From the mid-1700s to the mid-1800s, Nantucket was the world’s leading whaling port. But the island’s east and south coasts remained devoid of lighthouses well into the 1800s, in spite of the high volume of shipping traffic passing the island and the presence of dangerous shoals offshore. Finally, in the late 1840s, a bluff at Sankaty Head in the village of ‘Sconset on the island’s southeast coast was chosen as a lighthouse site. A 53-foot brick lighthouse was built and a second-order Fresnel lens was installed. The station was automated and destaffed in 1965. In 1990, the Army Corps of Engineers estimated that Sankaty Head Light would be in danger of falling over the eroding bluff within ten years. A move was completed in the fall of 2007. The ’Sconset Trust is responsible for the upkeep and maintenance of the lighthouse and its grounds.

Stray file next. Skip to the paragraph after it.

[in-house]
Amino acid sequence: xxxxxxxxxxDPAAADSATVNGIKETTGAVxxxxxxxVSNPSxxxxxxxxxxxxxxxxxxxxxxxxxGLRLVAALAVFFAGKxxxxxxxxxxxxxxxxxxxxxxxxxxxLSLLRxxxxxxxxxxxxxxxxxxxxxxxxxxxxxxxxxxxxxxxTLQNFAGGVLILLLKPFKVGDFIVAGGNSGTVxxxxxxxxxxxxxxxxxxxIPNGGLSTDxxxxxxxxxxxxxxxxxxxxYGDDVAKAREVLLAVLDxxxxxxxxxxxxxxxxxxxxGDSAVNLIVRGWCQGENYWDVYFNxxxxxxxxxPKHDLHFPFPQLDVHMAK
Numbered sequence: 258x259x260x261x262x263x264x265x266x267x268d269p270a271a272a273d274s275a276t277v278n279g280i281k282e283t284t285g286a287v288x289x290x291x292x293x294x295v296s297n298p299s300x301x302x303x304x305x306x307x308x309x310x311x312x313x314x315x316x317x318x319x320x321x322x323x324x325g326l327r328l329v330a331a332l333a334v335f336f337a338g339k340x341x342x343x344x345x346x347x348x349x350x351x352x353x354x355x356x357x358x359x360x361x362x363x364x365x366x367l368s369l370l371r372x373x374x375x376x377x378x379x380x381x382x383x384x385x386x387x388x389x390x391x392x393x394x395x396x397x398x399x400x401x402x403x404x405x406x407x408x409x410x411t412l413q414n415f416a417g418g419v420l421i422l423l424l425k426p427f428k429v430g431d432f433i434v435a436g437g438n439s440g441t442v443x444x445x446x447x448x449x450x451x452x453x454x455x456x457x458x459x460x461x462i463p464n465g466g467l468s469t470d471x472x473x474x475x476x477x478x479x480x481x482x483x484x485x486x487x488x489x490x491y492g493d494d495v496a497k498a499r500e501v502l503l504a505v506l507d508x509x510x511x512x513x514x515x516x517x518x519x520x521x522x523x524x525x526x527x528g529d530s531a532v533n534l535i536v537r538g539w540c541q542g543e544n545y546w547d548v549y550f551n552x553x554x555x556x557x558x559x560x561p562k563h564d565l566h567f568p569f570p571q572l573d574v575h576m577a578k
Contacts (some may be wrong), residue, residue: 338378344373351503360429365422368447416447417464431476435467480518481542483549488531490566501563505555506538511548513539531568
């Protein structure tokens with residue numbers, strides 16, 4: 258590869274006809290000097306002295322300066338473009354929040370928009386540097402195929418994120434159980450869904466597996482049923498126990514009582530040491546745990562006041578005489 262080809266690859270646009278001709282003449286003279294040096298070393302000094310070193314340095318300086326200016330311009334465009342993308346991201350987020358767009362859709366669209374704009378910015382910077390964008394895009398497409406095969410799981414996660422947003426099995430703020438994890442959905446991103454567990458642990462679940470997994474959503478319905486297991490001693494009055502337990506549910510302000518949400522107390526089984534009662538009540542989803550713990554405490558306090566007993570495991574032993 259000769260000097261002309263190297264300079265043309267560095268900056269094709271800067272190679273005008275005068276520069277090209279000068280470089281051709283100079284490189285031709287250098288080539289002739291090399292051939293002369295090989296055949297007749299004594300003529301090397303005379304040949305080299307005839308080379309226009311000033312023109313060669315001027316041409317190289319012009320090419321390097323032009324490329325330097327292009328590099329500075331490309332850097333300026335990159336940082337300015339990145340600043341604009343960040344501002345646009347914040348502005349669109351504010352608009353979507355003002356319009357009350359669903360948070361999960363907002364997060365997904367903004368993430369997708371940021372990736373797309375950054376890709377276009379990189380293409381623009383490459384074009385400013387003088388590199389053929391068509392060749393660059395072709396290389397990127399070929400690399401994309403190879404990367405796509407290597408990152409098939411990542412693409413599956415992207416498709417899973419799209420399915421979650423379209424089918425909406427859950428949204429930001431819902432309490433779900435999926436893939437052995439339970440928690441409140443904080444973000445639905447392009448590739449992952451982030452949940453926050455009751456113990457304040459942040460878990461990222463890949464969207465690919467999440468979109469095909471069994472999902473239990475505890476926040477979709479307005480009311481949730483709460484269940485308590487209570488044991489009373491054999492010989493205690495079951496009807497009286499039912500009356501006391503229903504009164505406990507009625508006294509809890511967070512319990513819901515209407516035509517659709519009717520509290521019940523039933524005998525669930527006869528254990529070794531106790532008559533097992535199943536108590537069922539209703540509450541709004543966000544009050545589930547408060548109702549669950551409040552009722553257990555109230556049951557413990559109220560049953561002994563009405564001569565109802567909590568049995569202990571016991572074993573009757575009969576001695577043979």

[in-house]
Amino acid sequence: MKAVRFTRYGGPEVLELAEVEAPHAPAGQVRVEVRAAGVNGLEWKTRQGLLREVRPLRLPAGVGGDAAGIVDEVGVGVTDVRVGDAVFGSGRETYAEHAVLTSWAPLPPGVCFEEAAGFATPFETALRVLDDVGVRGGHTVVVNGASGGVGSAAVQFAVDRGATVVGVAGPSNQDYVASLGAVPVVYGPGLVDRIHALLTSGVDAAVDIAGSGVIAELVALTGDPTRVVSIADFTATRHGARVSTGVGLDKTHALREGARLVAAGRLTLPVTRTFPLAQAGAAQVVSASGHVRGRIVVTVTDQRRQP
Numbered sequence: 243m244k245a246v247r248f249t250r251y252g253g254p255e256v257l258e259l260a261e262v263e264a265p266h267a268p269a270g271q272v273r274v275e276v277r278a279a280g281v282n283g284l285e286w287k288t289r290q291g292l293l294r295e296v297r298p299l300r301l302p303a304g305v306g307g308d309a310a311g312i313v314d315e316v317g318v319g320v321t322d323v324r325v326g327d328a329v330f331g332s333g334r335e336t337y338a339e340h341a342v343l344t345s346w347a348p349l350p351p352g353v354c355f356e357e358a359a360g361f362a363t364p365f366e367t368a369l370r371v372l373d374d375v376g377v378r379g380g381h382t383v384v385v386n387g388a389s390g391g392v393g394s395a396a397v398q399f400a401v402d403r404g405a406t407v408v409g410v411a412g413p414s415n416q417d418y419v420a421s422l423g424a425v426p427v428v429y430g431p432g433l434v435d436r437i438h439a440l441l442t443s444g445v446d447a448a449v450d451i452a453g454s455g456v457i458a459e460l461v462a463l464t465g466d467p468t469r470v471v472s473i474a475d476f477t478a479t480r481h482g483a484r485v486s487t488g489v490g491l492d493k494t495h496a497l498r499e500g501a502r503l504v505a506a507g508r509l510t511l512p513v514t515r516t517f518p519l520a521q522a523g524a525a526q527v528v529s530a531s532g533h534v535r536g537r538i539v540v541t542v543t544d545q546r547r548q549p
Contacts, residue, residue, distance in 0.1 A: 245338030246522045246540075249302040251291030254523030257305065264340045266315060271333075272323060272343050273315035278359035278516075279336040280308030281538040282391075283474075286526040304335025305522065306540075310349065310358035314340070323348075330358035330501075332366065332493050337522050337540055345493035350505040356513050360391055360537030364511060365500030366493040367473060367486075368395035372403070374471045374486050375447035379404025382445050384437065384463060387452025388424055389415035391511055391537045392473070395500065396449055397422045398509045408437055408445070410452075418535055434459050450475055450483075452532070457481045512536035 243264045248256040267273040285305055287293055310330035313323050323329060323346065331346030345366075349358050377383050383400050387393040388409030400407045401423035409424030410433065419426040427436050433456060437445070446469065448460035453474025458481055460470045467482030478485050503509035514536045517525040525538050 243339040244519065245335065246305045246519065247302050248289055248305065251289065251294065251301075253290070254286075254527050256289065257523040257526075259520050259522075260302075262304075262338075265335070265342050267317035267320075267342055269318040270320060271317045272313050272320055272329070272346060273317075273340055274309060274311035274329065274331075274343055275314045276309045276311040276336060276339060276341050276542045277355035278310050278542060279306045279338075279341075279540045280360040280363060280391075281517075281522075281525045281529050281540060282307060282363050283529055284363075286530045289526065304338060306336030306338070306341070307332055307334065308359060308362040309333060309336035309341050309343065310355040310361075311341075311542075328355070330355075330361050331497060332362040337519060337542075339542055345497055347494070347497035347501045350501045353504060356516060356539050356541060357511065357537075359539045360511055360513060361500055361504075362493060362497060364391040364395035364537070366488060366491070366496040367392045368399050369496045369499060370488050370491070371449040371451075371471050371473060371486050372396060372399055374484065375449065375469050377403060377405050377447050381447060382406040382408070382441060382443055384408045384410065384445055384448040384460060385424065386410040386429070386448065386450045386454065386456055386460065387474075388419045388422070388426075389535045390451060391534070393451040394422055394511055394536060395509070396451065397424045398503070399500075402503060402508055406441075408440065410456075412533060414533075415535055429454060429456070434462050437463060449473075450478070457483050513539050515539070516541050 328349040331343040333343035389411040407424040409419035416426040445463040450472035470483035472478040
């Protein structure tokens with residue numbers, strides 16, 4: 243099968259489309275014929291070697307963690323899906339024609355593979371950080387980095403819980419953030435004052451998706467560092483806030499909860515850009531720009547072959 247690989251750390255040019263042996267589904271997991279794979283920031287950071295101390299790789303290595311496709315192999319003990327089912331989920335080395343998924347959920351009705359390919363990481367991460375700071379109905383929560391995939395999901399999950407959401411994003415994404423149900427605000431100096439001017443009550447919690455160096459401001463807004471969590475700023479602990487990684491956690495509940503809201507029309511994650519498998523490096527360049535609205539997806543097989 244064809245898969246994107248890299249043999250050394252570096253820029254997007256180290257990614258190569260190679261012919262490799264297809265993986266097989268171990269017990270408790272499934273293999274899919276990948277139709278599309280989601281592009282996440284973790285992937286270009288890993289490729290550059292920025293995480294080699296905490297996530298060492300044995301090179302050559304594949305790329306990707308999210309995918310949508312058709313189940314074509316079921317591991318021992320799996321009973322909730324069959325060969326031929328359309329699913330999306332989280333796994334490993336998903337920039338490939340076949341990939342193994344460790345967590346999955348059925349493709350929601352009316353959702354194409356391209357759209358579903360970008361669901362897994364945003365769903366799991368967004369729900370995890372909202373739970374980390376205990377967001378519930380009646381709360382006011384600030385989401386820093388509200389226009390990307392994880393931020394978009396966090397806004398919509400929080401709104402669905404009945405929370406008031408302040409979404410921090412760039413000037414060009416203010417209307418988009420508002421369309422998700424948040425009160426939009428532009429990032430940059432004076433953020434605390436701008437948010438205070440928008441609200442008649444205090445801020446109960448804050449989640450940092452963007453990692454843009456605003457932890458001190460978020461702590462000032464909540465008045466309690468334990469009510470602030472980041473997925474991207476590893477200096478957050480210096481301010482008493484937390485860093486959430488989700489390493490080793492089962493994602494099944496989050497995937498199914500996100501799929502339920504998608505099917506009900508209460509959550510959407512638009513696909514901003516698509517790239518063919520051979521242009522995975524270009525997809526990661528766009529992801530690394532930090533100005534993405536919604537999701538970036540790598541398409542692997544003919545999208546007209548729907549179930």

Rob Benchley is now the modern-day keeper of Sankaty Head Lighthouse. Rob is an accomplished photojournalist who has been the staff photographer for three island newspapers, and his photography has also been featured in the New York Times and the Boston Globe. His books include Scallop Season, a Nantucket Chronicle, co-written with Jim Patrick; Sconset, co-written with Richard Trust; and Keeping the Light, about the historic move of Sankaty Head Lighthouse in 2007. Rob and his wife, Carol, a retired Nantucket schoolteacher, live in a house they built together in ‘Sconset with a view of Sankaty Head Lighthouse.
Jeremy D’Entremont is the author of more than 20 books and hundreds of articles on lighthouses and maritime history. He is the president and historian for the American Lighthouse Foundation and founder of Friends of Portsmouth Harbor Lighthouses, and he has lectured and narrated cruises throughout the Northeast and in other regions. He is also the producer and host of the U.S. Lighthouse Society podcast, “Light Hearted.” He can be emailed at Jeremy@uslhs.org